The usual sort of Monday

On this overcast Monday morning, I'm going to be working on a book, writing some stuff, putting out fires, and drawing sustenance from the fabric of the universe.

However, I will NOT be writing any insightful blog posts. Instead, I leave you with a question:

Your child brings you a report card with four As, two Bs, a C, and an F. As an involved, loving parent, how will you screw up your response to this situation?

||| Comments are welcome |||
Help keep the words flowing.


  1. Ha! We've actually had a similar situation, but it wasn't report cards, just his general schoolwork. We started virtual schooling him, and I think it's worked out wonderfully. This past year though I'm not as happy with the curriculum and teacher response, so we are switching him to another virtual school.

    If you don't know what virtual school is, its basically public school at home. You enroll and sub paperwork, etc. Some of your tax dollars are diverted to pay for the school, which supplies you with a computer, textbooks, workbooks, etc. Online classes are available where the child can participate via whiteboard, chat, and microphone. And state approved curriculum is given. The parent is the learning coach and goes through the lessons with the child, but has the backup of a teacher as needed. Other learning is encourages like taking swimming lessons, field trips, etc. as well.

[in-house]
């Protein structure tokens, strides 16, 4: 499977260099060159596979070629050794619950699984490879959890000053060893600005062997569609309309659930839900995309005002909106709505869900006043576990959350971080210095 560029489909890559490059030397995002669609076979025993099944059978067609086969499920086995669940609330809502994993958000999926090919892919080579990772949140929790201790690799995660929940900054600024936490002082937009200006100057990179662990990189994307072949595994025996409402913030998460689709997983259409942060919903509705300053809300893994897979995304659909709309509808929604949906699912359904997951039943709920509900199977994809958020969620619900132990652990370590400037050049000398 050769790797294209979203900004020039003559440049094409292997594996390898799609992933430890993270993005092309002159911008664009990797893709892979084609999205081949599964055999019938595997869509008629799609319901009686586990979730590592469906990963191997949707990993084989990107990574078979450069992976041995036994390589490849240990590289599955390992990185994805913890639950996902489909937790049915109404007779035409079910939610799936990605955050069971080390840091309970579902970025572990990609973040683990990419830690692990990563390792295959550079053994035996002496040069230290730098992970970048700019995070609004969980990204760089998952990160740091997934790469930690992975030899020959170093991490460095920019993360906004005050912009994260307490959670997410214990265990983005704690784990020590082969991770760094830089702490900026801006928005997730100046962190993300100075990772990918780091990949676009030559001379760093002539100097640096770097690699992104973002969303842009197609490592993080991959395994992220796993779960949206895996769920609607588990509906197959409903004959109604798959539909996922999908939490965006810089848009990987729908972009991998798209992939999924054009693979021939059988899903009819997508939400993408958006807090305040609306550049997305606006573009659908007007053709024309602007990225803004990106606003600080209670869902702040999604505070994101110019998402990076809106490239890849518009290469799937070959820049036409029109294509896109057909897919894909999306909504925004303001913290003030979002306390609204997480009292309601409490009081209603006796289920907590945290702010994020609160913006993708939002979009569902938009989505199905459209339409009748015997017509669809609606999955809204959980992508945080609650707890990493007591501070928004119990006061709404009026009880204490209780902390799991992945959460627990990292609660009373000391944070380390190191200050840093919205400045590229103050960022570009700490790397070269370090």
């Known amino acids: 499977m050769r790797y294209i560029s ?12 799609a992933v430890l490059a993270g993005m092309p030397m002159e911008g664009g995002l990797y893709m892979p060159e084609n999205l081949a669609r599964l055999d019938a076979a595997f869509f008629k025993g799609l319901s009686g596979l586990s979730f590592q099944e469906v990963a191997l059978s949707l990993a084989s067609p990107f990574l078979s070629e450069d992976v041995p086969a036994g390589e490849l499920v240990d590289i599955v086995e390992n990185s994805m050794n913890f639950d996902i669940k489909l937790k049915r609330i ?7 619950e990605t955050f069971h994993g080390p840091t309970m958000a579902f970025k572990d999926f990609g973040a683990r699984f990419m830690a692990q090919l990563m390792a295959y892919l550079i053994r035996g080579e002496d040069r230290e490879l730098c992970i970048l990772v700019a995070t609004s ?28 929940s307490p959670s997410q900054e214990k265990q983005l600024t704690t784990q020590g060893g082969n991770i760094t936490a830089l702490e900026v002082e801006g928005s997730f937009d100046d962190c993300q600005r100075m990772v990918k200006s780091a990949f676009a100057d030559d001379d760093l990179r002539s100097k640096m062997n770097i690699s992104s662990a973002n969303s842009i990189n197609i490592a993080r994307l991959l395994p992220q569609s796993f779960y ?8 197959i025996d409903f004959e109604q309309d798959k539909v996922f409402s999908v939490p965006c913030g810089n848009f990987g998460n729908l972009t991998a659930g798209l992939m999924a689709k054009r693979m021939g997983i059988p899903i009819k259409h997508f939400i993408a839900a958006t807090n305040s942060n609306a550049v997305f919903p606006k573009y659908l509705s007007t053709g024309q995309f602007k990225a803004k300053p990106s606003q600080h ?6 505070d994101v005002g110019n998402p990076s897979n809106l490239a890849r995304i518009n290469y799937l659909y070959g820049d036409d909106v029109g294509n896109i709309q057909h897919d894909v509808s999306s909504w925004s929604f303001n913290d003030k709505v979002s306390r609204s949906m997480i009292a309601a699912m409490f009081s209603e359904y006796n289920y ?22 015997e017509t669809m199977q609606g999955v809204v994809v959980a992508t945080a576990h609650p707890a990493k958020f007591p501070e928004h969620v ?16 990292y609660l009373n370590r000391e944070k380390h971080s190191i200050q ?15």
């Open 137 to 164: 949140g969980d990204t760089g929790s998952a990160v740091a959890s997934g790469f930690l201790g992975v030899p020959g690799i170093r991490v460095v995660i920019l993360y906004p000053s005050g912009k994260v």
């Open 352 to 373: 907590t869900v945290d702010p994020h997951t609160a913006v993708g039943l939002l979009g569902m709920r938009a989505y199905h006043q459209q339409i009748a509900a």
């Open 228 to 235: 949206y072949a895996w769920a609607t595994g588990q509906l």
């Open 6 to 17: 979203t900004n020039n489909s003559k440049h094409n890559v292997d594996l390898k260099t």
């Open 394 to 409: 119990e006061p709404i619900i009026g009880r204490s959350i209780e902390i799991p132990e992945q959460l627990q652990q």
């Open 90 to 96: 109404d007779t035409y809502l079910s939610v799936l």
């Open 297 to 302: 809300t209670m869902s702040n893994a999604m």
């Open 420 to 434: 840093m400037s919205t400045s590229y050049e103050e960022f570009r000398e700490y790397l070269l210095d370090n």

2. No dayjob stuff? Lucky. I'd trade a report card with one F for a day like that. My screwup would be asking the kid how (s)he plans to fix it… the result would likely be a long string of denials about how the teacher wouldn't go over the difficult stuff, other students causing distractions, blah blah blah.

  3. I'd do a backflip over the A's, praise the B's and C's and ask the child what they feel about the subject/teacher that led to the F...

    Could be a bit of tutoring could help?

  4. I'd praise the results where effort was applied, but then undo that good work rapidly working through "What happened here?". The likely response would be something like "The teacher is stupid and doesn't like me, and I won't ever have any use for ______ anyway", which would descend into me pointing out how little said child knows about the future, while being fully ignored because I'm old and what would I know about it anyway.

    We all make some bad choices at times, we just have to hope that our children learn from theirs too, as we have from ours (haven't we?). At some point they may discover you were right and they were wrong, and it actually was a useful subject, but they'll find a way to discover the knowledge they missed. Occasionally, they might even be right though.


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